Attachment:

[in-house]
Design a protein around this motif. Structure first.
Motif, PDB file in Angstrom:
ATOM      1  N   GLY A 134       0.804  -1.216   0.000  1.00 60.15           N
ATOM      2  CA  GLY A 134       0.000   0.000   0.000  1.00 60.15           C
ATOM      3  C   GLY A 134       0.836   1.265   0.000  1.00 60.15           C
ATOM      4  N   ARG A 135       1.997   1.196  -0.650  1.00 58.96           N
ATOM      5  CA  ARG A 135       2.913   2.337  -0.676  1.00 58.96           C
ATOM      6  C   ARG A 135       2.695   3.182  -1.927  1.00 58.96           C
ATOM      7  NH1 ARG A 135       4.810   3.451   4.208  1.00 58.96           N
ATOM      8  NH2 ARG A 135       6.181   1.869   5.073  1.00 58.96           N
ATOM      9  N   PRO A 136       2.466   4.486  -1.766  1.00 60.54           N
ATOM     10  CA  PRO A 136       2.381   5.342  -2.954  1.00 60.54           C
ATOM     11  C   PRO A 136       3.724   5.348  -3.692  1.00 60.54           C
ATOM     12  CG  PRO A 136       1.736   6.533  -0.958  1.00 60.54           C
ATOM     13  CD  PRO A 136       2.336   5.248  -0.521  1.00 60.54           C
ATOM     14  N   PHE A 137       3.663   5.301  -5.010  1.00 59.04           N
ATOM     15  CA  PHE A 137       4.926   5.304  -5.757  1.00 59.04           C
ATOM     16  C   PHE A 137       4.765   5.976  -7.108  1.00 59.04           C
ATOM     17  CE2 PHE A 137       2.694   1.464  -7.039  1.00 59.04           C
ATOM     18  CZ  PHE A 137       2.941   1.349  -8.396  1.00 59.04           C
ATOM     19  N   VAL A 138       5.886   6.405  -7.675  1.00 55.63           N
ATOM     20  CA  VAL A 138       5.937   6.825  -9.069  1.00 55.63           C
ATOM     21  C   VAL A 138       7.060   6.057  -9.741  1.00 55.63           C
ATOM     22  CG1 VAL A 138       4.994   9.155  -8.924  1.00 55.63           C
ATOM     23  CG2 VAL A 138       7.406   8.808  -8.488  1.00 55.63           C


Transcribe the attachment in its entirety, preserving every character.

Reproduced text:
[in-house]
Design a protein around this motif. Structure first.
Motif, PDB file in Angstrom:
ATOM      1  N   GLY A 134       0.804  -1.216   0.000  1.00 60.15           N
ATOM      2  CA  GLY A 134       0.000   0.000   0.000  1.00 60.15           C
ATOM      3  C   GLY A 134       0.836   1.265   0.000  1.00 60.15           C
ATOM      4  N   ARG A 135       1.997   1.196  -0.650  1.00 58.96           N
ATOM      5  CA  ARG A 135       2.913   2.337  -0.676  1.00 58.96           C
ATOM      6  C   ARG A 135       2.695   3.182  -1.927  1.00 58.96           C
ATOM      7  NH1 ARG A 135       4.810   3.451   4.208  1.00 58.96           N
ATOM      8  NH2 ARG A 135       6.181   1.869   5.073  1.00 58.96           N
ATOM      9  N   PRO A 136       2.466   4.486  -1.766  1.00 60.54           N
ATOM     10  CA  PRO A 136       2.381   5.342  -2.954  1.00 60.54           C
ATOM     11  C   PRO A 136       3.724   5.348  -3.692  1.00 60.54           C
ATOM     12  CG  PRO A 136       1.736   6.533  -0.958  1.00 60.54           C
ATOM     13  CD  PRO A 136       2.336   5.248  -0.521  1.00 60.54           C
ATOM     14  N   PHE A 137       3.663   5.301  -5.010  1.00 59.04           N
ATOM     15  CA  PHE A 137       4.926   5.304  -5.757  1.00 59.04           C
ATOM     16  C   PHE A 137       4.765   5.976  -7.108  1.00 59.04           C
ATOM     17  CE2 PHE A 137       2.694   1.464  -7.039  1.00 59.04           C
ATOM     18  CZ  PHE A 137       2.941   1.349  -8.396  1.00 59.04           C
ATOM     19  N   VAL A 138       5.886   6.405  -7.675  1.00 55.63           N
ATOM     20  CA  VAL A 138       5.937   6.825  -9.069  1.00 55.63           C
ATOM     21  C   VAL A 138       7.060   6.057  -9.741  1.00 55.63           C
ATOM     22  CG1 VAL A 138       4.994   9.155  -8.924  1.00 55.63           C
ATOM     23  CG2 VAL A 138       7.406   8.808  -8.488  1.00 55.63           C